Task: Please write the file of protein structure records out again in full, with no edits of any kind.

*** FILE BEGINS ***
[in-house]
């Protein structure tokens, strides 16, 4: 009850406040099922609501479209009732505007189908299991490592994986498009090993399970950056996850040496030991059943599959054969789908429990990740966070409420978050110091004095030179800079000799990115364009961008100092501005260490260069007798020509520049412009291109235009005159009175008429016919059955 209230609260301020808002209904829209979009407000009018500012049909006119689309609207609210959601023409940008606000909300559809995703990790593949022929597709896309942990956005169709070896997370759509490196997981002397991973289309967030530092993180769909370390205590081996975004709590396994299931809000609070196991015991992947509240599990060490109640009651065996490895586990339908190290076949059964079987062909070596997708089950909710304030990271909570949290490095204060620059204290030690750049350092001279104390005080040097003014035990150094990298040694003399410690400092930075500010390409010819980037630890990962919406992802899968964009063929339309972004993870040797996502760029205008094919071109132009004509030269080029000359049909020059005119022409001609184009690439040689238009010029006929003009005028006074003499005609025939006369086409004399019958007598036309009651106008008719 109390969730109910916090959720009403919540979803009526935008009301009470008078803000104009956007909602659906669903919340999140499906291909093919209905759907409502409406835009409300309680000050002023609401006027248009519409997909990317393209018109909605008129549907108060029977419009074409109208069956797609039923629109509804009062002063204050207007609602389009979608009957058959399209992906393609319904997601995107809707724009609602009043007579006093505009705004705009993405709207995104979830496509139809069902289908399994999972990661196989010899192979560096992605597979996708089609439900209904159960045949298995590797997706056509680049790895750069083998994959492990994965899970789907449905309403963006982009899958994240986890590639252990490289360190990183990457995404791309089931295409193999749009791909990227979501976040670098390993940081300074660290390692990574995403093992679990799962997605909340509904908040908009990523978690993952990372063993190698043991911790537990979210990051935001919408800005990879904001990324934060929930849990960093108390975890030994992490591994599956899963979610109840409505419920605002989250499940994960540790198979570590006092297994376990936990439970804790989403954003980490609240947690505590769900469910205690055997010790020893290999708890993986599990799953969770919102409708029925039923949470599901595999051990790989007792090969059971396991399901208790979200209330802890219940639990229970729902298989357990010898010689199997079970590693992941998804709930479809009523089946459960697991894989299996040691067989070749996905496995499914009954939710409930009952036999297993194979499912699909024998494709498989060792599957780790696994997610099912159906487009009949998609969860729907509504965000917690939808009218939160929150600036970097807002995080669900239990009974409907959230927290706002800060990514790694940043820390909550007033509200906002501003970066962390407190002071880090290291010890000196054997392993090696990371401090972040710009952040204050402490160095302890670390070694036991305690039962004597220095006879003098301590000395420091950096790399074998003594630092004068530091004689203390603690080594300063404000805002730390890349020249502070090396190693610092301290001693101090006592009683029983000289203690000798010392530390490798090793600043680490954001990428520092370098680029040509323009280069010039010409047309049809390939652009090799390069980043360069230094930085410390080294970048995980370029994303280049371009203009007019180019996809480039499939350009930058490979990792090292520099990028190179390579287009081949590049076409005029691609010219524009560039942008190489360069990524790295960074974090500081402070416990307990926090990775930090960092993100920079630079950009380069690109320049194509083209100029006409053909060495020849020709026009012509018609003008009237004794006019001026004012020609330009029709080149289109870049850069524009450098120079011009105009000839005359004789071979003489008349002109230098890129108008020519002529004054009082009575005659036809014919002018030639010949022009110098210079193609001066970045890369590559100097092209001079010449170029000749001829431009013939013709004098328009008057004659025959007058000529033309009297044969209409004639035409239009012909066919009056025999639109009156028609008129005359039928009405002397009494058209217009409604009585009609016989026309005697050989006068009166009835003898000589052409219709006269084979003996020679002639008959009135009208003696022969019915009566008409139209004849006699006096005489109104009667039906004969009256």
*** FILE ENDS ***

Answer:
[in-house]
């Protein structure tokens, strides 16, 4: 009850406040099922609501479209009732505007189908299991490592994986498009090993399970950056996850040496030991059943599959054969789908429990990740966070409420978050110091004095030179800079000799990115364009961008100092501005260490260069007798020509520049412009291109235009005159009175008429016919059955 209230609260301020808002209904829209979009407000009018500012049909006119689309609207609210959601023409940008606000909300559809995703990790593949022929597709896309942990956005169709070896997370759509490196997981002397991973289309967030530092993180769909370390205590081996975004709590396994299931809000609070196991015991992947509240599990060490109640009651065996490895586990339908190290076949059964079987062909070596997708089950909710304030990271909570949290490095204060620059204290030690750049350092001279104390005080040097003014035990150094990298040694003399410690400092930075500010390409010819980037630890990962919406992802899968964009063929339309972004993870040797996502760029205008094919071109132009004509030269080029000359049909020059005119022409001609184009690439040689238009010029006929003009005028006074003499005609025939006369086409004399019958007598036309009651106008008719 109390969730109910916090959720009403919540979803009526935008009301009470008078803000104009956007909602659906669903919340999140499906291909093919209905759907409502409406835009409300309680000050002023609401006027248009519409997909990317393209018109909605008129549907108060029977419009074409109208069956797609039923629109509804009062002063204050207007609602389009979608009957058959399209992906393609319904997601995107809707724009609602009043007579006093505009705004705009993405709207995104979830496509139809069902289908399994999972990661196989010899192979560096992605597979996708089609439900209904159960045949298995590797997706056509680049790895750069083998994959492990994965899970789907449905309403963006982009899958994240986890590639252990490289360190990183990457995404791309089931295409193999749009791909990227979501976040670098390993940081300074660290390692990574995403093992679990799962997605909340509904908040908009990523978690993952990372063993190698043991911790537990979210990051935001919408800005990879904001990324934060929930849990960093108390975890030994992490591994599956899963979610109840409505419920605002989250499940994960540790198979570590006092297994376990936990439970804790989403954003980490609240947690505590769900469910205690055997010790020893290999708890993986599990799953969770919102409708029925039923949470599901595999051990790989007792090969059971396991399901208790979200209330802890219940639990229970729902298989357990010898010689199997079970590693992941998804709930479809009523089946459960697991894989299996040691067989070749996905496995499914009954939710409930009952036999297993194979499912699909024998494709498989060792599957780790696994997610099912159906487009009949998609969860729907509504965000917690939808009218939160929150600036970097807002995080669900239990009974409907959230927290706002800060990514790694940043820390909550007033509200906002501003970066962390407190002071880090290291010890000196054997392993090696990371401090972040710009952040204050402490160095302890670390070694036991305690039962004597220095006879003098301590000395420091950096790399074998003594630092004068530091004689203390603690080594300063404000805002730390890349020249502070090396190693610092301290001693101090006592009683029983000289203690000798010392530390490798090793600043680490954001990428520092370098680029040509323009280069010039010409047309049809390939652009090799390069980043360069230094930085410390080294970048995980370029994303280049371009203009007019180019996809480039499939350009930058490979990792090292520099990028190179390579287009081949590049076409005029691609010219524009560039942008190489360069990524790295960074974090500081402070416990307990926090990775930090960092993100920079630079950009380069690109320049194509083209100029006409053909060495020849020709026009012509018609003008009237004794006019001026004012020609330009029709080149289109870049850069524009450098120079011009105009000839005359004789071979003489008349002109230098890129108008020519002529004054009082009575005659036809014919002018030639010949022009110098210079193609001066970045890369590559100097092209001079010449170029000749001829431009013939013709004098328009008057004659025959007058000529033309009297044969209409004639035409239009012909066919009056025999639109009156028609008129005359039928009405002397009494058209217009409604009585009609016989026309005697050989006068009166009835003898000589052409219709006269084979003996020679002639008959009135009208003696022969019915009566008409139209004849006699006096005489109104009667039906004969009256």